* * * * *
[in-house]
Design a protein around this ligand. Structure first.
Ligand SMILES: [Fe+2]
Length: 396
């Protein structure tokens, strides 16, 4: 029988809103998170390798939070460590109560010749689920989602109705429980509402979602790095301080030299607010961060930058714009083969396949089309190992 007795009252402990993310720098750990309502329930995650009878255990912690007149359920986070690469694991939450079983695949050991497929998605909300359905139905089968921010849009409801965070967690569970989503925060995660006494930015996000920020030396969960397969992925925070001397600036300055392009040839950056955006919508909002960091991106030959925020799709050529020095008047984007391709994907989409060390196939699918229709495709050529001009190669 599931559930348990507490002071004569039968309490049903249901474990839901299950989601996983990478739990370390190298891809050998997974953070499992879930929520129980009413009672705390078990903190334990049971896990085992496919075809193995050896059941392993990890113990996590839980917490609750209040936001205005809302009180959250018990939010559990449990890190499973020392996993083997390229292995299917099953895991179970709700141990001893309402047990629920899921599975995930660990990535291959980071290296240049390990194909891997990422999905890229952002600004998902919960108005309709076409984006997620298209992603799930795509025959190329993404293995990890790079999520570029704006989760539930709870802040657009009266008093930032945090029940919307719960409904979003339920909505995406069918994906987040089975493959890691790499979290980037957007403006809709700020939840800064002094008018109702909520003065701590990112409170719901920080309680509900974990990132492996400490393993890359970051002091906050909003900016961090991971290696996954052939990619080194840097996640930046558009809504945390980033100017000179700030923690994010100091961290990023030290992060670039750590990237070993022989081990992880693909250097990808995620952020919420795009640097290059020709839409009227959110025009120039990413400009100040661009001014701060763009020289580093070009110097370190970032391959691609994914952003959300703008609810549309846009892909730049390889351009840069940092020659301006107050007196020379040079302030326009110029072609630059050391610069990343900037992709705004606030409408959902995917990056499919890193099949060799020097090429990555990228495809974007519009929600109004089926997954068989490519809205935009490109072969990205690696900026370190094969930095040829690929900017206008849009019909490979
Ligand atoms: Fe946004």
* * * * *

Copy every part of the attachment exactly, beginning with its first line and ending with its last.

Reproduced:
[in-house]
Design a protein around this ligand. Structure first.
Ligand SMILES: [Fe+2]
Length: 396
């Protein structure tokens, strides 16, 4: 029988809103998170390798939070460590109560010749689920989602109705429980509402979602790095301080030299607010961060930058714009083969396949089309190992 007795009252402990993310720098750990309502329930995650009878255990912690007149359920986070690469694991939450079983695949050991497929998605909300359905139905089968921010849009409801965070967690569970989503925060995660006494930015996000920020030396969960397969992925925070001397600036300055392009040839950056955006919508909002960091991106030959925020799709050529020095008047984007391709994907989409060390196939699918229709495709050529001009190669 599931559930348990507490002071004569039968309490049903249901474990839901299950989601996983990478739990370390190298891809050998997974953070499992879930929520129980009413009672705390078990903190334990049971896990085992496919075809193995050896059941392993990890113990996590839980917490609750209040936001205005809302009180959250018990939010559990449990890190499973020392996993083997390229292995299917099953895991179970709700141990001893309402047990629920899921599975995930660990990535291959980071290296240049390990194909891997990422999905890229952002600004998902919960108005309709076409984006997620298209992603799930795509025959190329993404293995990890790079999520570029704006989760539930709870802040657009009266008093930032945090029940919307719960409904979003339920909505995406069918994906987040089975493959890691790499979290980037957007403006809709700020939840800064002094008018109702909520003065701590990112409170719901920080309680509900974990990132492996400490393993890359970051002091906050909003900016961090991971290696996954052939990619080194840097996640930046558009809504945390980033100017000179700030923690994010100091961290990023030290992060670039750590990237070993022989081990992880693909250097990808995620952020919420795009640097290059020709839409009227959110025009120039990413400009100040661009001014701060763009020289580093070009110097370190970032391959691609994914952003959300703008609810549309846009892909730049390889351009840069940092020659301006107050007196020379040079302030326009110029072609630059050391610069990343900037992709705004606030409408959902995917990056499919890193099949060799020097090429990555990228495809974007519009929600109004089926997954068989490519809205935009490109072969990205690696900026370190094969930095040829690929900017206008849009019909490979
Ligand atoms: Fe946004």